+0
Please, help me with these two questions:
First: I've heard the following expression:
Never in all my life have I felt so humiliated!
Is it not supposed that the speaker should have said (following the correct word order in a sentence):
Never in all my life I have felt so humiliated!

Second: Could you, please, friends from EnglishForward explain me the grammar of the following sentence I have listen: "I sure wish I felt better" It's difficult to me to understand the verb structure of the sentence.

And thank you in advance!
Eladio
+0
Hi Eladio,

The first one is a classic case of inversion. It's usually used with words like hardly, never, or little.

e.g. Little did I know how silly I was.
Never before have I seen him like this.
Hardly had I fallen asleep when the alarm clock started buzzing.
+0
Eladio,

When a negative adverbial occurs at the beginning, the subject and verb are inverted. This is very consistently followed. If you don't use the inverted structure, it will sound strange to a native speaker.

Never have I felt so good. / I have never felt so good.
At no location was a clue found. / No clue was found at any location.
Under no circumstances should inversion be omitted where required. / Inversion should not be omitted where required under any circumstances.
________

"I sure wish ... " is like "I certainly wish ..." or "I really wish..." In other words, "sure" is an adverb here.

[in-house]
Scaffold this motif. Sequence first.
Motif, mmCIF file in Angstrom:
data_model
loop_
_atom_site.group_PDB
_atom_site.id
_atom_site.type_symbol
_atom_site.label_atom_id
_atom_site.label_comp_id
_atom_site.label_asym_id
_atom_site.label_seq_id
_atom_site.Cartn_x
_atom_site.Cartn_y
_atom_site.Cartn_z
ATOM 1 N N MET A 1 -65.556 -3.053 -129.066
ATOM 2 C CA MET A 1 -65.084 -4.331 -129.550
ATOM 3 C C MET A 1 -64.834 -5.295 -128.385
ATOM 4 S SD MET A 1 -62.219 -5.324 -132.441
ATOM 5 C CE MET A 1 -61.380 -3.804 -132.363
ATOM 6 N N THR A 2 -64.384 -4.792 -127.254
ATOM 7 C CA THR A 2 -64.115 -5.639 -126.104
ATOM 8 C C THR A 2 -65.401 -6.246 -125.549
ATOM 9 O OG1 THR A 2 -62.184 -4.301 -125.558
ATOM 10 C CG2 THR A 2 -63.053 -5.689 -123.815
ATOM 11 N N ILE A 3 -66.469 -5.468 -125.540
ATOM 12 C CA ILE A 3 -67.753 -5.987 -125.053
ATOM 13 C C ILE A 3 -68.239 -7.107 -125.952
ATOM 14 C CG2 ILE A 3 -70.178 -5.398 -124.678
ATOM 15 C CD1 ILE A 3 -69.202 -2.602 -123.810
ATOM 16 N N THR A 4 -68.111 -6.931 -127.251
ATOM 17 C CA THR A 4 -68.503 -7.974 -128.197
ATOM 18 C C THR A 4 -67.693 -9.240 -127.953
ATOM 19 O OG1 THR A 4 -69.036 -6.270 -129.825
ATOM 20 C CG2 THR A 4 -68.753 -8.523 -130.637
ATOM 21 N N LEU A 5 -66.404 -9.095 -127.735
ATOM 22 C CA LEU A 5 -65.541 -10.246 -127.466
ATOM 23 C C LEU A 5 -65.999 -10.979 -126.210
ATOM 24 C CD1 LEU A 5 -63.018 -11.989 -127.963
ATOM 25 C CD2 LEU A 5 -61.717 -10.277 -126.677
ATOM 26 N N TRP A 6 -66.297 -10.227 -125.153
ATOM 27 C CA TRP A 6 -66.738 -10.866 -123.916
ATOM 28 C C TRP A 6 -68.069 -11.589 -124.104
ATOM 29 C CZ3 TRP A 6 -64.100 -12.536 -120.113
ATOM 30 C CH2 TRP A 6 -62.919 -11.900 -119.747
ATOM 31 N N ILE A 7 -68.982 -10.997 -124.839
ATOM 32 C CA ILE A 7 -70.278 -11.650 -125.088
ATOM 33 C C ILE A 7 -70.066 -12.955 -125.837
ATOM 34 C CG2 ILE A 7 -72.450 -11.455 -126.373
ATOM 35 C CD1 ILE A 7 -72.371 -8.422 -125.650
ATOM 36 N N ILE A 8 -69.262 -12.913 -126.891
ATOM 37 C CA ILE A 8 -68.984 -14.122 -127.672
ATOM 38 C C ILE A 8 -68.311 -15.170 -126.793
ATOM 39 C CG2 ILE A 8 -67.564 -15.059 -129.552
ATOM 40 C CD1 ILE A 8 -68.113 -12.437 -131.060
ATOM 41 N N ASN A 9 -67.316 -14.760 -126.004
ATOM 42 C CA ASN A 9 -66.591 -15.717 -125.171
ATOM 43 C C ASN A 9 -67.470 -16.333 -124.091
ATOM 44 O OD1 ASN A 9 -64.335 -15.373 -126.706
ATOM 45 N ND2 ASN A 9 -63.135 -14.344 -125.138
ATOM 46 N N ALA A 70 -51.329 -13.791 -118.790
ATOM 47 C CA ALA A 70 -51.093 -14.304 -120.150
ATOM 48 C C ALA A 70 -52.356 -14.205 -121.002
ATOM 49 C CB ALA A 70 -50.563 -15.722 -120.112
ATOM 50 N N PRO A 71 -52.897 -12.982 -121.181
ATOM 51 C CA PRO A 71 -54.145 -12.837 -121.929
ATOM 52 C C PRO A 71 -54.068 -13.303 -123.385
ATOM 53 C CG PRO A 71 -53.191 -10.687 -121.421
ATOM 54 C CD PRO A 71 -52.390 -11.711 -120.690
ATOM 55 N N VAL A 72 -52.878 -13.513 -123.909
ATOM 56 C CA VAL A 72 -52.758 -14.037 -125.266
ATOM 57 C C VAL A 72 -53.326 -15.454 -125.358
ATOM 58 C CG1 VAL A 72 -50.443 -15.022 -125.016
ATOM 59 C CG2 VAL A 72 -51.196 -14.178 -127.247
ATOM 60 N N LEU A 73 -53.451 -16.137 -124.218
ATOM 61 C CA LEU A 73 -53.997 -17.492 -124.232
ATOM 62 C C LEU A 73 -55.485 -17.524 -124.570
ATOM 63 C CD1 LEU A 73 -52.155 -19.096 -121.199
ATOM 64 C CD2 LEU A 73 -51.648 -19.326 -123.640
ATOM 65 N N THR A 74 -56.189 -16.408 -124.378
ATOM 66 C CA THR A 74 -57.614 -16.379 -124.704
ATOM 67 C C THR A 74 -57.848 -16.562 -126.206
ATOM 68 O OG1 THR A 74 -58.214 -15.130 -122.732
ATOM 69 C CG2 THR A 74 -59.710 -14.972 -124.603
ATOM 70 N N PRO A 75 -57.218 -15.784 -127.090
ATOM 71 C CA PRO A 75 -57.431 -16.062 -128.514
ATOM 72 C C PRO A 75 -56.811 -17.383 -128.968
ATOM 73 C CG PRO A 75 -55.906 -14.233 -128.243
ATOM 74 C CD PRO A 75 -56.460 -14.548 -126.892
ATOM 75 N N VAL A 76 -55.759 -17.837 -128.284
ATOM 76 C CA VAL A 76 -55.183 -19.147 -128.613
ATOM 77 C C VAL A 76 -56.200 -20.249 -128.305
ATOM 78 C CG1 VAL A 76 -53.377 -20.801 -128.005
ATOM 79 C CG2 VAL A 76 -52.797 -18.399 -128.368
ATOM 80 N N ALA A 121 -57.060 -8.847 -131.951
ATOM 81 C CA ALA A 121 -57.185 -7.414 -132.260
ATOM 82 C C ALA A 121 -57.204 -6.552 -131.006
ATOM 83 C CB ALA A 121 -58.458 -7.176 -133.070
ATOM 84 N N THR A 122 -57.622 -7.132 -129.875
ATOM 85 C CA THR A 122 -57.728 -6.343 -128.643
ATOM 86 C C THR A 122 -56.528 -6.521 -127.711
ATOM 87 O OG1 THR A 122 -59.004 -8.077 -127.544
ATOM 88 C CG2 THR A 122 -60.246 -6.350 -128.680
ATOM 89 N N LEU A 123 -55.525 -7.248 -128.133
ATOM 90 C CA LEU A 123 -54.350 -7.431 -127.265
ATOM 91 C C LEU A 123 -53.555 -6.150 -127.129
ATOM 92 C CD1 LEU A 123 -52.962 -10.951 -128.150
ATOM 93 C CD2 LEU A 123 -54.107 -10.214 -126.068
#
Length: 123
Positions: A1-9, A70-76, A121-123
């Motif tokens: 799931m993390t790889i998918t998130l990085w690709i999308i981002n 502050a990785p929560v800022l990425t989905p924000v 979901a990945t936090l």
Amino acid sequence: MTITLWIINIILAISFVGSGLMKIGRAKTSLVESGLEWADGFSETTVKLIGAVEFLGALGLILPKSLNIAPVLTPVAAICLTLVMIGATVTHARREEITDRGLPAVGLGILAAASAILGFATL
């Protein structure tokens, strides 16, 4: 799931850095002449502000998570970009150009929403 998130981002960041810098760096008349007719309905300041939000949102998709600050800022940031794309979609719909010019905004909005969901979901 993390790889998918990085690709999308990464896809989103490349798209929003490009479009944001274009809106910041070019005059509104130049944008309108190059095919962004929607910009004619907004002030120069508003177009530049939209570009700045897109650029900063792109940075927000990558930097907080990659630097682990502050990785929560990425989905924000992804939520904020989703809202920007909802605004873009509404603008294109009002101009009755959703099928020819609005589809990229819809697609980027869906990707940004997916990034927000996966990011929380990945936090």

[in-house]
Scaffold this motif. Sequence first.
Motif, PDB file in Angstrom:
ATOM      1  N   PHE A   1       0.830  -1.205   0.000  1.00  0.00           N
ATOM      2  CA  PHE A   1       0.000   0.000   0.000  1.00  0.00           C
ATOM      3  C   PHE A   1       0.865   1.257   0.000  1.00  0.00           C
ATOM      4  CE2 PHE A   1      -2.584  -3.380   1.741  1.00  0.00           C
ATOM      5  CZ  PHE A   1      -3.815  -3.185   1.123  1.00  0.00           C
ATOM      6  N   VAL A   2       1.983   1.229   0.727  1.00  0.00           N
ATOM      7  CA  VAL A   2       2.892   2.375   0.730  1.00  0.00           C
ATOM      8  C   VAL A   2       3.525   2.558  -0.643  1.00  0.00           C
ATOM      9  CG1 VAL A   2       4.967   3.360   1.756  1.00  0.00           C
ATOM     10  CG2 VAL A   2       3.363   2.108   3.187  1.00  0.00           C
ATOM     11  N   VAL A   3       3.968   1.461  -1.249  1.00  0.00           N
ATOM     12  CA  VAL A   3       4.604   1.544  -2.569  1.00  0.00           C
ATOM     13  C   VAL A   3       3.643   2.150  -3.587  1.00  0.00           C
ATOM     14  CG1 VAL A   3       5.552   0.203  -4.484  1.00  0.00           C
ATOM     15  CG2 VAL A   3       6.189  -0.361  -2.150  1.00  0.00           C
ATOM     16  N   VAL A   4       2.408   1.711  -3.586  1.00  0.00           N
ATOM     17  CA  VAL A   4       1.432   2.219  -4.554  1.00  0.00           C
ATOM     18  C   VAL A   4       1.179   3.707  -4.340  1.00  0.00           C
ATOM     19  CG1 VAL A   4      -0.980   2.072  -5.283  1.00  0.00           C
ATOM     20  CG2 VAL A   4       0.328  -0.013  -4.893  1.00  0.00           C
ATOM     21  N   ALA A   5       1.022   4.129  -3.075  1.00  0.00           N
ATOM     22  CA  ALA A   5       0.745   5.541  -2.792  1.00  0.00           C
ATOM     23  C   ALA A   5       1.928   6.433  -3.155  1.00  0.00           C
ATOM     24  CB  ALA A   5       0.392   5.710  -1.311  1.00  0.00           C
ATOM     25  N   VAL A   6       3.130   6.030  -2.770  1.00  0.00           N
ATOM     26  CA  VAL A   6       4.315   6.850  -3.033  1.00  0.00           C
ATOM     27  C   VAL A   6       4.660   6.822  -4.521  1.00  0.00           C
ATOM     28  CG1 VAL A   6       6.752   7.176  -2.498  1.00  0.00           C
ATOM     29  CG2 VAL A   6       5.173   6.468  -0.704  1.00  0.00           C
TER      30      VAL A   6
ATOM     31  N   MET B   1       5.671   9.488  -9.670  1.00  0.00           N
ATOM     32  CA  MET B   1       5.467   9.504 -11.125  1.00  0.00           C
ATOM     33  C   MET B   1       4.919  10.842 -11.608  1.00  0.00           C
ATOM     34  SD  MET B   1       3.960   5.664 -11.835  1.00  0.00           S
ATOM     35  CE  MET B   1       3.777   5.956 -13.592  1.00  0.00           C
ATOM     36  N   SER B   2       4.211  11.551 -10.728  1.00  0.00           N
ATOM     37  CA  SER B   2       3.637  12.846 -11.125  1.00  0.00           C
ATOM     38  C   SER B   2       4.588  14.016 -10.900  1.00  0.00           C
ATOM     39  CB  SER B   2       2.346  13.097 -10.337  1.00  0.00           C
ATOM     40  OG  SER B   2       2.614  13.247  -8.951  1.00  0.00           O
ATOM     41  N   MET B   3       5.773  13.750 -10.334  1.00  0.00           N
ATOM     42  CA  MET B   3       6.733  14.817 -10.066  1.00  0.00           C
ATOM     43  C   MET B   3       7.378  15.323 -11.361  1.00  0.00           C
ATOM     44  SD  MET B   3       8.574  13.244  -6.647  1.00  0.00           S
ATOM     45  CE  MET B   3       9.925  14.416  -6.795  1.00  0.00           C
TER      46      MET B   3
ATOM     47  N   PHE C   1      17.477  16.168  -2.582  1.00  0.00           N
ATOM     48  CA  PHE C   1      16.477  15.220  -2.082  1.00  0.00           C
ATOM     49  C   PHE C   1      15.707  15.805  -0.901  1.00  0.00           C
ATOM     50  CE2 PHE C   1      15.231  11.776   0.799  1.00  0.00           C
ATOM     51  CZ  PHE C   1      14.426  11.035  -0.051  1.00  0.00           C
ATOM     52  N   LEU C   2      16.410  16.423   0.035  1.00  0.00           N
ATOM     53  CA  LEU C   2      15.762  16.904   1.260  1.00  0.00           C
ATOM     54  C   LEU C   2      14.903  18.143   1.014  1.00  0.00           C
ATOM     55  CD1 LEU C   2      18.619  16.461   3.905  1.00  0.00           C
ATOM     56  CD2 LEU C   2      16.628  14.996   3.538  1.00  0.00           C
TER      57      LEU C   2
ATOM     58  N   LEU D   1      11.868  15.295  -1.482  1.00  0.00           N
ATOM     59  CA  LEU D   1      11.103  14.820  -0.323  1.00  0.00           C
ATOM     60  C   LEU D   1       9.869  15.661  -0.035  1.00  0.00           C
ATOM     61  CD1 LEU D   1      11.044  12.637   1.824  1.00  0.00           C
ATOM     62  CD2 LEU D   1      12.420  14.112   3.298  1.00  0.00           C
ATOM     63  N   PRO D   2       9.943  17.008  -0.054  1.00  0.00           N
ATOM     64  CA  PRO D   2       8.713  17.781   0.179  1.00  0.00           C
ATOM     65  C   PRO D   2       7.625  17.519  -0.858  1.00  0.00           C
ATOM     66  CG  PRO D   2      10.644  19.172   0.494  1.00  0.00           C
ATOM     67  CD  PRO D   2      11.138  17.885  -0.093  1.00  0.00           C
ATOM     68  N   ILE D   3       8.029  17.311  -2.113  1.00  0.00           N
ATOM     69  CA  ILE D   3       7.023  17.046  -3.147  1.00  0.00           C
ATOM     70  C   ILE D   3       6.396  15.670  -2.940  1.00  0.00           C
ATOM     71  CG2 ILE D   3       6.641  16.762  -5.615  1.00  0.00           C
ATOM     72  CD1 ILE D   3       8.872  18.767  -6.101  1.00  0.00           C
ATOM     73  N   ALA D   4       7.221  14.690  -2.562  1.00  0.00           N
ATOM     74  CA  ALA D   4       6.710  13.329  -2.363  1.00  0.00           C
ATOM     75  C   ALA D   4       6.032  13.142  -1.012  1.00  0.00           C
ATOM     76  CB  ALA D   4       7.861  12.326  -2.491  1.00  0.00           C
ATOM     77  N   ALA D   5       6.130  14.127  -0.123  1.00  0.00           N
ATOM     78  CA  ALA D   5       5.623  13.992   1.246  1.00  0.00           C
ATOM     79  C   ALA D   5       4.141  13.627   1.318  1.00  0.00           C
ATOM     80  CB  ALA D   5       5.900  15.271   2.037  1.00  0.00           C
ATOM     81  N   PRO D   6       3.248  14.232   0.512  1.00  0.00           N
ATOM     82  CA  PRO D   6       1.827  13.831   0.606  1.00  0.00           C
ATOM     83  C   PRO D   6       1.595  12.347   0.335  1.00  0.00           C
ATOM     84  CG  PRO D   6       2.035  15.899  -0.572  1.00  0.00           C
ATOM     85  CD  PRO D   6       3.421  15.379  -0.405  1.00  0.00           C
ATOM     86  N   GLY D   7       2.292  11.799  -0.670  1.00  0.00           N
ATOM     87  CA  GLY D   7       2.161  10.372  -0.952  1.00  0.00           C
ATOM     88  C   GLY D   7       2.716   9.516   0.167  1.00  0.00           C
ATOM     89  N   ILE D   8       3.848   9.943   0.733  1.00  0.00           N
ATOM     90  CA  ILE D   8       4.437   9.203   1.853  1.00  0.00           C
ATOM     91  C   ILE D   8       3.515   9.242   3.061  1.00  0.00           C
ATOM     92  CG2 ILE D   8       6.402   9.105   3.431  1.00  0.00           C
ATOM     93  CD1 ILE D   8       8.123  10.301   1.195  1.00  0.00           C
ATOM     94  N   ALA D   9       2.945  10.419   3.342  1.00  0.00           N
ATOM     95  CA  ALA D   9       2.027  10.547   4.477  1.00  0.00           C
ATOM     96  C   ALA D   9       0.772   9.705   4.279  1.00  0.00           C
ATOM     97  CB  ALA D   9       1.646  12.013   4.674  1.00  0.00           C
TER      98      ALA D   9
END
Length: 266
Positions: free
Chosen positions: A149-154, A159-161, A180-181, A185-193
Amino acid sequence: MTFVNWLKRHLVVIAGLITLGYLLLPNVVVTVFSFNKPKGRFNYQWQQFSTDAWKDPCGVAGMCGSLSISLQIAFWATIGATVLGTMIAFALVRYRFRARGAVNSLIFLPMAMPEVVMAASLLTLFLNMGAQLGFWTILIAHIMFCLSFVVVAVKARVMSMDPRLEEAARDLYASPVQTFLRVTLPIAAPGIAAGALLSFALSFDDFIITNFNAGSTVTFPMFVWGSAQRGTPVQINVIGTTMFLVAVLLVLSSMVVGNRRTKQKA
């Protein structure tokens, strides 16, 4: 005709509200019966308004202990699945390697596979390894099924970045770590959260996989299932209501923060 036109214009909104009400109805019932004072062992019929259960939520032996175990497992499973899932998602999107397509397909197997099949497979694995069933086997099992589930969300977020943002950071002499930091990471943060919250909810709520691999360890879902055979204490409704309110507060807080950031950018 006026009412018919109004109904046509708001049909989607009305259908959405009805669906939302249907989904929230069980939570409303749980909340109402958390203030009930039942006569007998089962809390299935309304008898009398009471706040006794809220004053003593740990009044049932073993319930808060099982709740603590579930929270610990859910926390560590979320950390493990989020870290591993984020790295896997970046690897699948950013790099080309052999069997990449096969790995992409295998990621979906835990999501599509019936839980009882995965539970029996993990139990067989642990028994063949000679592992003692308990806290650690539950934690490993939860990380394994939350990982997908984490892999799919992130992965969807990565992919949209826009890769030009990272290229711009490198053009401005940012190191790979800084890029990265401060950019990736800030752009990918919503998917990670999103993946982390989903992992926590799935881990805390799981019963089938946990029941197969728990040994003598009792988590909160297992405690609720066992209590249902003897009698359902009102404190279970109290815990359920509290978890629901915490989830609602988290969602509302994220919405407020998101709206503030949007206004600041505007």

"wish" takes a backshifted verb. That is, when the situation wished is present, use past, and when the situation wished is past, use past perfect.

I wish this: (I feel better) > I (sure) wish I felt better (at this time / now).
I wish this: (I felt better) > I (sure) wish I had felt better (at that time).
_______

"explain me the grammar" is incorrect. In English we usually leave out the "me" (or whatever pronoun indicates the person receiving the explanation). If it is necessary to include it, it must be "to me"

"explain the grammar of the following sentence" is best.
"explain the grammar of the following sentence to me" is OK.
"explain to me the grammar of the following sentence" is also OK.

Jim
Students: Are you brave enough to let our tutors analyse your pronunciation?
Comments  
For your second question,
[url="http://www.EnglishForward.com/ShowPost.aspx?PostID=30839 "]View this post[/url]
 CalifJim's reply was promoted to an answer.
Site Hint: Check out our list of pronunciation videos.